Q. Do you feel the town needs to take steps to help preserve its commercial district or protect commercial properties from conversion to residential use? If so, what steps should it take?
A. The preservation of the commercial district or properties from conversion should be included in the comprehensive plan, when it is developed, with input from business and residential owners.

Q. The current council and previous councils have been noted for infighting, problems with openness and complaints about responsiveness to citizens’ concerns. How would you work to change that perception?
A. The majority of current and previous councils have become typical bureaucrats. We know what is best for the people. The minority disagrees with this view. Morale in any organization or community is high when people are kept informed. My belief is the property owners pay the bills. As a council member, I will be responsive to citizens’ concerns.

Q. What — if any — other initiatives or changes would you like to pursue if elected to the council? Also, describe why you feel you should be elected.
A. I would like all standard operating procedures, ordinances, zoning codes, regulations and all department policies to be reviewed and updated once a year. I will bring to council a variety of formal education, learned and developed organizational skills, a problem-solver approach, a proactive approach (not a reactive approach), along with business and government skills, and contacts.

Gardner Bunting
Q. What is your feeling about floor-area ratio (FAR)? Do you feel such a measure is an appropriate control on home size in Fenwick Island? Is the current system — enacted in June — appropriate in terms of percentage and what elements are included in the percentage? Is there a better method that could be put in place instead or in addition to FAR, or were old controls enough?
A. I feel that along with the existing set backs and the floor area ration (FAR) we still do not have the solution we need to building more storm-proof, safer houses. Fenwick Island has four distinctly different flood zones. I believe that the starting point for construction should be above the flood level established by FEMA and that proper roof pitches should be required in order to shed water and withstand strong winds. Council needs to take a serious look at lessons from the hurricanes of last year in the South to guide us to safer construction. FAR, as recently passed by the Town Council, addresses no safety issues, created a serious division among property owners, and added yet another requirement to construction.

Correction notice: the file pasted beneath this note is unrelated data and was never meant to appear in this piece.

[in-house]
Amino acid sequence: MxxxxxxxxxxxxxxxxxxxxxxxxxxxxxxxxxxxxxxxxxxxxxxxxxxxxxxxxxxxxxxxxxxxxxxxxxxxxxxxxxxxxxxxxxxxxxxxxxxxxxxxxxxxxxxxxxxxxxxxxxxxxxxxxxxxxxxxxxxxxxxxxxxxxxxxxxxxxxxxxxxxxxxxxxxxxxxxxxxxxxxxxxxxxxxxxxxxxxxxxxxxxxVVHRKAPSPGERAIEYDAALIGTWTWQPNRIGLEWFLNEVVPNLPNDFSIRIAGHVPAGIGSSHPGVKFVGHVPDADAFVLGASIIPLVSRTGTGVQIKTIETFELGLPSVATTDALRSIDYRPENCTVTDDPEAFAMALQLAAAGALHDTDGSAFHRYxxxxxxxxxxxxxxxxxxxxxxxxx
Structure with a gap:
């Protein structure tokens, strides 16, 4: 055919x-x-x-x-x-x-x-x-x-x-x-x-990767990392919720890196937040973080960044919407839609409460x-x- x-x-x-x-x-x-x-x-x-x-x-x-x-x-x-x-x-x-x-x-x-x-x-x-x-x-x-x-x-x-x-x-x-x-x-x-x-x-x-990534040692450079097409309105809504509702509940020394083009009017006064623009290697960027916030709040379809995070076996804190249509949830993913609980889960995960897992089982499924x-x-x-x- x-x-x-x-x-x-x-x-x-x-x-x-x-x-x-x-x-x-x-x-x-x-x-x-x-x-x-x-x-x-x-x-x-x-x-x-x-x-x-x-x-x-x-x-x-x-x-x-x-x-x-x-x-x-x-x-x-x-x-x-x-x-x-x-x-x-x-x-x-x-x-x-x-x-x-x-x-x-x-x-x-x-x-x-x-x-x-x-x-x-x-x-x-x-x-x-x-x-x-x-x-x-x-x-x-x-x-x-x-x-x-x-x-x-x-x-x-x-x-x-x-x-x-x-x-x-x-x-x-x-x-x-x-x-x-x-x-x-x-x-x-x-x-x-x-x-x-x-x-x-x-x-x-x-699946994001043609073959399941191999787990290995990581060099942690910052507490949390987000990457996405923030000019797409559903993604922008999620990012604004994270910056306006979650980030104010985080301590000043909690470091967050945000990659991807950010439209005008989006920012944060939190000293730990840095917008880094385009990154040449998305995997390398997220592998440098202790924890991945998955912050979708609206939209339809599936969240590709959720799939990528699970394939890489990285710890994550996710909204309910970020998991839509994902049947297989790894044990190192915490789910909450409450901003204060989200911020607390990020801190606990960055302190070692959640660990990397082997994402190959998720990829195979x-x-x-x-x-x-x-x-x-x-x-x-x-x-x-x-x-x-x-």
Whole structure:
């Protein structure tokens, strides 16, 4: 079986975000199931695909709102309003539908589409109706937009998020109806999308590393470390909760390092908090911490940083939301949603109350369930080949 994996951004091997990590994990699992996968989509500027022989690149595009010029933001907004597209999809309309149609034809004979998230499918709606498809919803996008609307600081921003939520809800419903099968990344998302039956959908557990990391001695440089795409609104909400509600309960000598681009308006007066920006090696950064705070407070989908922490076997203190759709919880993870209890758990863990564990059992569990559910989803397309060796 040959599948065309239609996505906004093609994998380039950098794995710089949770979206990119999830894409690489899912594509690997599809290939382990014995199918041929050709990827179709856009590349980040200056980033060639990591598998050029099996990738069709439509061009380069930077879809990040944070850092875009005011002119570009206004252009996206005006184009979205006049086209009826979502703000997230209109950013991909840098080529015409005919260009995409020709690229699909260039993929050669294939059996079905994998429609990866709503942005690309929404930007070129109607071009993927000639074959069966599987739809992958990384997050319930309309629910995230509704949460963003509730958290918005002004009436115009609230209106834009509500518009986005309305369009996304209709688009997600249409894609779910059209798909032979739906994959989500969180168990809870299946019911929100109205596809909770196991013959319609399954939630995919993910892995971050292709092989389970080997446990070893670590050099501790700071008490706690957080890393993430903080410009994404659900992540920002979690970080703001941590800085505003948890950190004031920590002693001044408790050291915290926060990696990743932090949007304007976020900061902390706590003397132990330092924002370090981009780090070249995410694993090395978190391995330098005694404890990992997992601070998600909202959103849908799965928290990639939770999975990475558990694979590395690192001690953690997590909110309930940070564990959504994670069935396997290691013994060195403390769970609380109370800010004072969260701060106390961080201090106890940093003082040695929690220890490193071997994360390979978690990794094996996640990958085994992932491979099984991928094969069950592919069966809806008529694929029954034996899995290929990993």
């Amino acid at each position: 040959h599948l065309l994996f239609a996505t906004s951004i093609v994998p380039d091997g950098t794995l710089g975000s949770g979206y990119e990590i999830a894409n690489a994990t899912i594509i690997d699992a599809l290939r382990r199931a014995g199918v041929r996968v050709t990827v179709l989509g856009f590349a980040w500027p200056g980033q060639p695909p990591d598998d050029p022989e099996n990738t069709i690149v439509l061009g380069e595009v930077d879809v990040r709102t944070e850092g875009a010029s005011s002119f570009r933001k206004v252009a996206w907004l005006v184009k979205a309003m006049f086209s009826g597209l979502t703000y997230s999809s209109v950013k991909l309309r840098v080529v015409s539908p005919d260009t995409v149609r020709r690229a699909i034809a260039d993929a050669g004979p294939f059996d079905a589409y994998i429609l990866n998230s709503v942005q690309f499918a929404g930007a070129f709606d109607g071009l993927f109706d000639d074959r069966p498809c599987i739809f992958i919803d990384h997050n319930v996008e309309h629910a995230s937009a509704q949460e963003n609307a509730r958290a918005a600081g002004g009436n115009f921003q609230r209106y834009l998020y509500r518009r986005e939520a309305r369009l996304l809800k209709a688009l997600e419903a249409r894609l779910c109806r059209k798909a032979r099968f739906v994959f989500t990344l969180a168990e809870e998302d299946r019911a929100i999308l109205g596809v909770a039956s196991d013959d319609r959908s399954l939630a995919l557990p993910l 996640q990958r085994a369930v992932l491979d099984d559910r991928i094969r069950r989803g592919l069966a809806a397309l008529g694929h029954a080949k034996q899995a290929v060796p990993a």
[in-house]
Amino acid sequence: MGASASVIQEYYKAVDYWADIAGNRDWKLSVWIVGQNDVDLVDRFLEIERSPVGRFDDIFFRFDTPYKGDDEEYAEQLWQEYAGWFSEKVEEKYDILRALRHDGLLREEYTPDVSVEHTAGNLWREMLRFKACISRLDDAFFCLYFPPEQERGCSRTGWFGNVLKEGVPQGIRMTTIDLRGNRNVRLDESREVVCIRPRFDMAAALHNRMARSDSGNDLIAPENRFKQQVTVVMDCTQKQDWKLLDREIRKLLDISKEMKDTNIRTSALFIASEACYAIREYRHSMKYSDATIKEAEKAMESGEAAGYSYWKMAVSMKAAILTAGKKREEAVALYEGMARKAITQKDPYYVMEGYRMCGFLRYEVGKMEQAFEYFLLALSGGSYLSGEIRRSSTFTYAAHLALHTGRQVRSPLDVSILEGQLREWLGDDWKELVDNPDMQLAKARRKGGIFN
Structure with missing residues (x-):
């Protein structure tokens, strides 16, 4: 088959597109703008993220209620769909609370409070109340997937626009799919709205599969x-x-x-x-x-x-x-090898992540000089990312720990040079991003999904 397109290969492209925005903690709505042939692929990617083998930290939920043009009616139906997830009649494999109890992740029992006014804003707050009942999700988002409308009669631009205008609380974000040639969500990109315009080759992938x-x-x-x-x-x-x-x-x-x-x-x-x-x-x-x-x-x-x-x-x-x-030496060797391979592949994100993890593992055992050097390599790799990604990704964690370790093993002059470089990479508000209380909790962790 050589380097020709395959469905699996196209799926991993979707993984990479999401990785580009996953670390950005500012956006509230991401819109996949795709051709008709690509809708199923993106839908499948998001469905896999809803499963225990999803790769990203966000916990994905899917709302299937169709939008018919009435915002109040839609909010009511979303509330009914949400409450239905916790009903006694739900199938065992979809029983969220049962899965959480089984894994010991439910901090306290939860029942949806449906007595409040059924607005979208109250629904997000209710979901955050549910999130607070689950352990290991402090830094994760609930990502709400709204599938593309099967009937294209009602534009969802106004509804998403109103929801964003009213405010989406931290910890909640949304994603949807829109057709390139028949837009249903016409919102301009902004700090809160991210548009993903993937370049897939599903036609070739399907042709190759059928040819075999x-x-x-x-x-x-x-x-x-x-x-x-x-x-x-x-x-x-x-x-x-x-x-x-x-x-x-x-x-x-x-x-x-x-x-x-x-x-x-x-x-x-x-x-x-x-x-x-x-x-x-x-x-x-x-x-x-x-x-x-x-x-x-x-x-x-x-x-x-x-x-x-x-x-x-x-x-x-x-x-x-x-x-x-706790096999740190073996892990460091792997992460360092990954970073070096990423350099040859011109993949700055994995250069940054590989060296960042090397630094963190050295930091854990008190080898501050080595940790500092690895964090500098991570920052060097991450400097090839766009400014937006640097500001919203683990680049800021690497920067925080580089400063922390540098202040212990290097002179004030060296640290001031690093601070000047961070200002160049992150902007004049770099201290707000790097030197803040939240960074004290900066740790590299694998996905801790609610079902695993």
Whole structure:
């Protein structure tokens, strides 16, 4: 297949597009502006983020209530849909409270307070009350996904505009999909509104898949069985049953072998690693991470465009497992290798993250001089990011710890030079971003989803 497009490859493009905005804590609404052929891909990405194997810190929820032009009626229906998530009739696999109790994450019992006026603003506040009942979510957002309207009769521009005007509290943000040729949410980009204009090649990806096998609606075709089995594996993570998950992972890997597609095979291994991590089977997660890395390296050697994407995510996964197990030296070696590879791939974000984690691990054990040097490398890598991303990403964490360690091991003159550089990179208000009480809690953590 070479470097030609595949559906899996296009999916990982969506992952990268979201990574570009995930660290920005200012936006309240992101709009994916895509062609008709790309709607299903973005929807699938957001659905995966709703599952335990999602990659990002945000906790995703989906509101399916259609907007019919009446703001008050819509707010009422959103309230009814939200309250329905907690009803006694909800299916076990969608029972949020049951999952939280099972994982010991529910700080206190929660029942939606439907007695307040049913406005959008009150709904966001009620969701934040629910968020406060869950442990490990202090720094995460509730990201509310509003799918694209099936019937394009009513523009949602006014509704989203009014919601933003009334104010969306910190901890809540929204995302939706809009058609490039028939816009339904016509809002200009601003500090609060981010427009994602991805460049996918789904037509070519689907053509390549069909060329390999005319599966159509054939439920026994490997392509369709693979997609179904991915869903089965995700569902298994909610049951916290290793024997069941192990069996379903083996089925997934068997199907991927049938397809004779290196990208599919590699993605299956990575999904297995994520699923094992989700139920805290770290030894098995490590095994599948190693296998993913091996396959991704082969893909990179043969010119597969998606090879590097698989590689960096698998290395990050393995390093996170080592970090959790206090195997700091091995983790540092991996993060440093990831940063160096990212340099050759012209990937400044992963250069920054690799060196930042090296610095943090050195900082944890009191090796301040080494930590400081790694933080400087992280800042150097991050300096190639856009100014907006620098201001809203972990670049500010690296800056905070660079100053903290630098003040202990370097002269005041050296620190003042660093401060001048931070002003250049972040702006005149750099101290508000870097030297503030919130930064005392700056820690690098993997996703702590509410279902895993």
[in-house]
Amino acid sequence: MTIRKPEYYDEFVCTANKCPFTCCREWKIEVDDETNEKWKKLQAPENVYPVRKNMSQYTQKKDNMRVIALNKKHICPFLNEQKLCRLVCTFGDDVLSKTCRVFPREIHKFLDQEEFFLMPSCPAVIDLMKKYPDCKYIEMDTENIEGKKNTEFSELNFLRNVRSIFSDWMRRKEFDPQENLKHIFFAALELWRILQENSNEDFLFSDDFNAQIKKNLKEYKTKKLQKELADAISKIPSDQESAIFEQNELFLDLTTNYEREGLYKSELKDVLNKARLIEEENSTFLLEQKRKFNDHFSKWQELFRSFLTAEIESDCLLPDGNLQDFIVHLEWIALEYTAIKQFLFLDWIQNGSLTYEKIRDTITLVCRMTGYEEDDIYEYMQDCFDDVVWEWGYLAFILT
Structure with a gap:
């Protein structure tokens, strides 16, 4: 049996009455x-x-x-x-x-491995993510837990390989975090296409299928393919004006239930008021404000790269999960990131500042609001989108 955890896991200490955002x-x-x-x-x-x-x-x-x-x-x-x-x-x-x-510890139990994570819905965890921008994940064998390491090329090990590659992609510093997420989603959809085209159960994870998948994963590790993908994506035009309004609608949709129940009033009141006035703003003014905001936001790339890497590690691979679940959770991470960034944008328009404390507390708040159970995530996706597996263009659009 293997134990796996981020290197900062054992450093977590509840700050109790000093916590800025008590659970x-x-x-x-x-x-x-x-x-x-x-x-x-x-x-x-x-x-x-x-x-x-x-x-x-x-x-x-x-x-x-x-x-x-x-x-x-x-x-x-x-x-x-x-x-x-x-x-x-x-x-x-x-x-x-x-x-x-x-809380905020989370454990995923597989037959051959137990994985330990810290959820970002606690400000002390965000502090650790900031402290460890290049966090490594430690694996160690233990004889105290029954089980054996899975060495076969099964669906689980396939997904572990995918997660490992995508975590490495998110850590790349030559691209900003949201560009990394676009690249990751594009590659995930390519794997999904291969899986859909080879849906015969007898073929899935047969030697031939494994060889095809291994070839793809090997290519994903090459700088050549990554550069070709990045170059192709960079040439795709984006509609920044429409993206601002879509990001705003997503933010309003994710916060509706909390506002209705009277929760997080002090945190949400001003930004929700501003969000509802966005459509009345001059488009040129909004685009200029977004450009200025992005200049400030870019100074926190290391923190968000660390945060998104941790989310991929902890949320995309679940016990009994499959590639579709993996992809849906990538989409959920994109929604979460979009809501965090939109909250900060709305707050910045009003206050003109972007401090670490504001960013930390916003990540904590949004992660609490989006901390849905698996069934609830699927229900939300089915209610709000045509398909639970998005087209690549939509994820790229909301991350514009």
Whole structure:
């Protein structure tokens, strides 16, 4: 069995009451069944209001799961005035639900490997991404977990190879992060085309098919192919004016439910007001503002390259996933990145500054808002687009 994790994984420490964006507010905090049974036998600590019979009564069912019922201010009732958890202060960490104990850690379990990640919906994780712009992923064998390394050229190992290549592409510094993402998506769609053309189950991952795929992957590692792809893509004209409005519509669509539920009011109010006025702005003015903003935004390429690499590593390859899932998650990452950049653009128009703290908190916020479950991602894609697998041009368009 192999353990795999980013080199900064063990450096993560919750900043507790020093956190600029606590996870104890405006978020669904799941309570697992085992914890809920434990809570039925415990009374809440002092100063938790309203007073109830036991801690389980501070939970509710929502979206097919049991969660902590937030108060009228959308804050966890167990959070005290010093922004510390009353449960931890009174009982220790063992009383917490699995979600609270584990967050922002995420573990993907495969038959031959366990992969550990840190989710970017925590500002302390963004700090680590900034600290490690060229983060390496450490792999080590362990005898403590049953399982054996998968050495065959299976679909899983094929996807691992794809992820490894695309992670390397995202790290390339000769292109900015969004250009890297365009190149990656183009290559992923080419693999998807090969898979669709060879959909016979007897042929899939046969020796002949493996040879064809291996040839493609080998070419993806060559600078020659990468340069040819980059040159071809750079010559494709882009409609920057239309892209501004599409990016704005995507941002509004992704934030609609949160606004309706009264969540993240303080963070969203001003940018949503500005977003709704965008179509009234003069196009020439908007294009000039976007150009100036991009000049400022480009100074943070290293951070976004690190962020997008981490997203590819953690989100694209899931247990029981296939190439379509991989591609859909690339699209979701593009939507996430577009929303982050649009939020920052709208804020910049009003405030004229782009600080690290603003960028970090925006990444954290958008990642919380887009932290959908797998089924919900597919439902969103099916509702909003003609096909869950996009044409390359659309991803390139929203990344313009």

Q. Do you believe the town followed the best method possible for obtaining public input on FAR before it was enacted by council vote in June? If not, what should have been done differently? How do you feel town council members should vote on an issue when public opinion appears equally divided, as it is on FAR?
A. The Council held more hearings on FAR than the Town Charter requires, and they attempted to poll the property owners for opinions. I do not think the issue was fully explained, nor were all owners polled the same. Many people who own multiple properties received only one letter. It did not explain whether all owners were eligible to respond or only one person per property.

The letter did not fully explain the issue, which was confusing to many, and I suspect that the 60 percent who did not reply either didn’t understand the issue or did not care. The 40 percent of property owners who responded were evenly divided. This information was not enough to provide a true picture of the publics’ wishes. The vote seemed to be rushed through when two Council members were absent. I believe the issue was too important to vote without representation of the full Council. When there is a poll taken and the public is equally divided, the vote should be tabled until more research is done.